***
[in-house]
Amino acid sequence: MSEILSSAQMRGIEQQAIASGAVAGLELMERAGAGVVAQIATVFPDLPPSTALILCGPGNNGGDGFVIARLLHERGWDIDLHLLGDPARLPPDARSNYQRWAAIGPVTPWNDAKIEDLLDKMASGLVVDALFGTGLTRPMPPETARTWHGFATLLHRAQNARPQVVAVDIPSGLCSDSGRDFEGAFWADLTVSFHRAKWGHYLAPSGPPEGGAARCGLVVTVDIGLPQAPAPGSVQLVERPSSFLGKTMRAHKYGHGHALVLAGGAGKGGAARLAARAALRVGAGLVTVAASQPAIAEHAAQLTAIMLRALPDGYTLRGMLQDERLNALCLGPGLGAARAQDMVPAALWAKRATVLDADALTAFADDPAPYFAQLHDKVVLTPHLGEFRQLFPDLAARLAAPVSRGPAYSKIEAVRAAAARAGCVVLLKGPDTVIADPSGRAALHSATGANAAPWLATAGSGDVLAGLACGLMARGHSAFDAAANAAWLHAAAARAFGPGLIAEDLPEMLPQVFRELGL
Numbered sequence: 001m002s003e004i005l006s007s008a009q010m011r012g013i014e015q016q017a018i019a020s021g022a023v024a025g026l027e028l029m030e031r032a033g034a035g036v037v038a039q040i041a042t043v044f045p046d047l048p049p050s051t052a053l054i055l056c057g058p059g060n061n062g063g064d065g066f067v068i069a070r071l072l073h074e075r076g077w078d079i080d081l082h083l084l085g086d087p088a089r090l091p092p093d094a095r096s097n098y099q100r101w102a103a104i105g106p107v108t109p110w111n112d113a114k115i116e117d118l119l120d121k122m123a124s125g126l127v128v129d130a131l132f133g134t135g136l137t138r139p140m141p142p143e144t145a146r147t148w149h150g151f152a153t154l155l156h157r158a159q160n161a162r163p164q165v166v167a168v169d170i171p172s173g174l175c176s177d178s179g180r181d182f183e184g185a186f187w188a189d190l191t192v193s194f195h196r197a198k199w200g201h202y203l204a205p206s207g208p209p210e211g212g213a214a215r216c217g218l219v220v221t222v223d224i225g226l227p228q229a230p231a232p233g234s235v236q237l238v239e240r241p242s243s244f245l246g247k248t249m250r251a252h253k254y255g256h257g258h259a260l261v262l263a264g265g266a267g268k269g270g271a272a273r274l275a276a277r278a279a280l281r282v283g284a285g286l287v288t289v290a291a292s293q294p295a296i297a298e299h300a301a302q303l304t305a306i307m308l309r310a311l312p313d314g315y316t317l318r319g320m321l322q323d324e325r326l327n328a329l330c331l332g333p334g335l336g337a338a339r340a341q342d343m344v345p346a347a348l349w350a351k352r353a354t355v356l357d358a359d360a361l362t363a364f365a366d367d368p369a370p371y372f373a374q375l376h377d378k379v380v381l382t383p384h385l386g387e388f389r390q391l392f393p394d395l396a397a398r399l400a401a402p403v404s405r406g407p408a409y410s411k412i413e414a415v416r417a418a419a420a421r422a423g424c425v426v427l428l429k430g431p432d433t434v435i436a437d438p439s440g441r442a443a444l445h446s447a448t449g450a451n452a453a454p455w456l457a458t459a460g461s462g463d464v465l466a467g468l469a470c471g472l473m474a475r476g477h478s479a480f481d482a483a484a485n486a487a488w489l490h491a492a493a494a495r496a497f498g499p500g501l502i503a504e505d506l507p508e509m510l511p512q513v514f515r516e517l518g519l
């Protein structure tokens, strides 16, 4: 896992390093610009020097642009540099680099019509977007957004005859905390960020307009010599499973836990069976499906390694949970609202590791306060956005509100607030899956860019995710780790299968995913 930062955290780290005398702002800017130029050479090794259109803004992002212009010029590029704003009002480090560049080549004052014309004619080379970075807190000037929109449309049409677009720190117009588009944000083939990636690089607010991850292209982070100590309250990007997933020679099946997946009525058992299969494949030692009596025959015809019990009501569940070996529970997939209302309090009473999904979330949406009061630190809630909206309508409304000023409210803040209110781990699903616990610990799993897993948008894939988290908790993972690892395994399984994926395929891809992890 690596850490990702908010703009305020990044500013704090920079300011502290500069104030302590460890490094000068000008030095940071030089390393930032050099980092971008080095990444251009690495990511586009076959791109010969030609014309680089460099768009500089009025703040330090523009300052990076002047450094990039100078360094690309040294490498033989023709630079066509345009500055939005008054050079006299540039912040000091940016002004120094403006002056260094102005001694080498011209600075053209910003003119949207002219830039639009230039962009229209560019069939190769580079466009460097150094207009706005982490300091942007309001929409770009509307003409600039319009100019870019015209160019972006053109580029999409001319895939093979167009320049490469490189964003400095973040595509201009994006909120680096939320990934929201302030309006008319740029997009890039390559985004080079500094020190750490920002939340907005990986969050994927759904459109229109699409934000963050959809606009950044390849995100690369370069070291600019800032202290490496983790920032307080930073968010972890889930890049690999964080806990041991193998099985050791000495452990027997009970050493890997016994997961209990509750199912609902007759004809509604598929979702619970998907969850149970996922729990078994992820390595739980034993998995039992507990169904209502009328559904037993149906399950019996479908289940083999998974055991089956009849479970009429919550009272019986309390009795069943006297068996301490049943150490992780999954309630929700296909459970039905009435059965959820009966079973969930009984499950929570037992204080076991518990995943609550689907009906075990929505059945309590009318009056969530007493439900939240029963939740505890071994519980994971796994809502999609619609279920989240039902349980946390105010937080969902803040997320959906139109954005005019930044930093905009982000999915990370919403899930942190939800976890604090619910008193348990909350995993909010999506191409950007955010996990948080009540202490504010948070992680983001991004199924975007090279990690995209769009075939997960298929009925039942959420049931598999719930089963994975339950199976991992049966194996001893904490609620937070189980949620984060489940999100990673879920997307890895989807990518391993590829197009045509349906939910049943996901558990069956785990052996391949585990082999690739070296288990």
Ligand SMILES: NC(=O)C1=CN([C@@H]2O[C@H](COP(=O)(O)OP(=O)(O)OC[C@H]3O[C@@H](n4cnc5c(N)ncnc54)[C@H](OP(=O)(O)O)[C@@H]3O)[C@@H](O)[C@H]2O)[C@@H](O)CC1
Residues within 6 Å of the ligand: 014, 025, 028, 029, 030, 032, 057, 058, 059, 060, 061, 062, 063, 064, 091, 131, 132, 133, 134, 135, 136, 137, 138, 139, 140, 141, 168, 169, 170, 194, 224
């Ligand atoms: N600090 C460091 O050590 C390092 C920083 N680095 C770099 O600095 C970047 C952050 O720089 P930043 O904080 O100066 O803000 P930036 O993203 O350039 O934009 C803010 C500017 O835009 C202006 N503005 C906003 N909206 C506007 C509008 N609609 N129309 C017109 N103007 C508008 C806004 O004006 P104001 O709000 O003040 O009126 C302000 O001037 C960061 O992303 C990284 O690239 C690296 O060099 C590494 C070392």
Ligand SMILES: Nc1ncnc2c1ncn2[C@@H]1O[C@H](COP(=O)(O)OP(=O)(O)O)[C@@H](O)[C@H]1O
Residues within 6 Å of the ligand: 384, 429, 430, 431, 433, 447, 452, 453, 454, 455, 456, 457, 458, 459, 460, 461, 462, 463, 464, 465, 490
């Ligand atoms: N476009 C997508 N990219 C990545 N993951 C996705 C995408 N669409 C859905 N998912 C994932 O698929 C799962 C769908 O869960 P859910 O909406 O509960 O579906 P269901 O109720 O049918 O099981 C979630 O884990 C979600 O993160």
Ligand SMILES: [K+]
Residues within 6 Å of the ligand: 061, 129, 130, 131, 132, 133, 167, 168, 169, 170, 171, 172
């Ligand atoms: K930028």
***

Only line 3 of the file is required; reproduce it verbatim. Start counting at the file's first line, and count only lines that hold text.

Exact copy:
Numbered sequence: 001m002s003e004i005l006s007s008a009q010m011r012g013i014e015q016q017a018i019a020s021g022a023v024a025g026l027e028l029m030e031r032a033g034a035g036v037v038a039q040i041a042t043v044f045p046d047l048p049p050s051t052a053l054i055l056c057g058p059g060n061n062g063g064d065g066f067v068i069a070r071l072l073h074e075r076g077w078d079i080d081l082h083l084l085g086d087p088a089r090l091p092p093d094a095r096s097n098y099q100r101w102a103a104i105g106p107v108t109p110w111n112d113a114k115i116e117d118l119l120d121k122m123a124s125g126l127v128v129d130a131l132f133g134t135g136l137t138r139p140m141p142p143e144t145a146r147t148w149h150g151f152a153t154l155l156h157r158a159q160n161a162r163p164q165v166v167a168v169d170i171p172s173g174l175c176s177d178s179g180r181d182f183e184g185a186f187w188a189d190l191t192v193s194f195h196r197a198k199w200g201h202y203l204a205p206s207g208p209p210e211g212g213a214a215r216c217g218l219v220v221t222v223d224i225g226l227p228q229a230p231a232p233g234s235v236q237l238v239e240r241p242s243s244f245l246g247k248t249m250r251a252h253k254y255g256h257g258h259a260l261v262l263a264g265g266a267g268k269g270g271a272a273r274l275a276a277r278a279a280l281r282v283g284a285g286l287v288t289v290a291a292s293q294p295a296i297a298e299h300a301a302q303l304t305a306i307m308l309r310a311l312p313d314g315y316t317l318r319g320m321l322q323d324e325r326l327n328a329l330c331l332g333p334g335l336g337a338a339r340a341q342d343m344v345p346a347a348l349w350a351k352r353a354t355v356l357d358a359d360a361l362t363a364f365a366d367d368p369a370p371y372f373a374q375l376h377d378k379v380v381l382t383p384h385l386g387e388f389r390q391l392f393p394d395l396a397a398r399l400a401a402p403v404s405r406g407p408a409y410s411k412i413e414a415v416r417a418a419a420a421r422a423g424c425v426v427l428l429k430g431p432d433t434v435i436a437d438p439s440g441r442a443a444l445h446s447a448t449g450a451n452a453a454p455w456l457a458t459a460g461s462g463d464v465l466a467g468l469a470c471g472l473m474a475r476g477h478s479a480f481d482a483a484a485n486a487a488w489l490h491a492a493a494a495r496a497f498g499p500g501l502i503a504e505d506l507p508e509m510l511p512q513v514f515r516e517l518g519l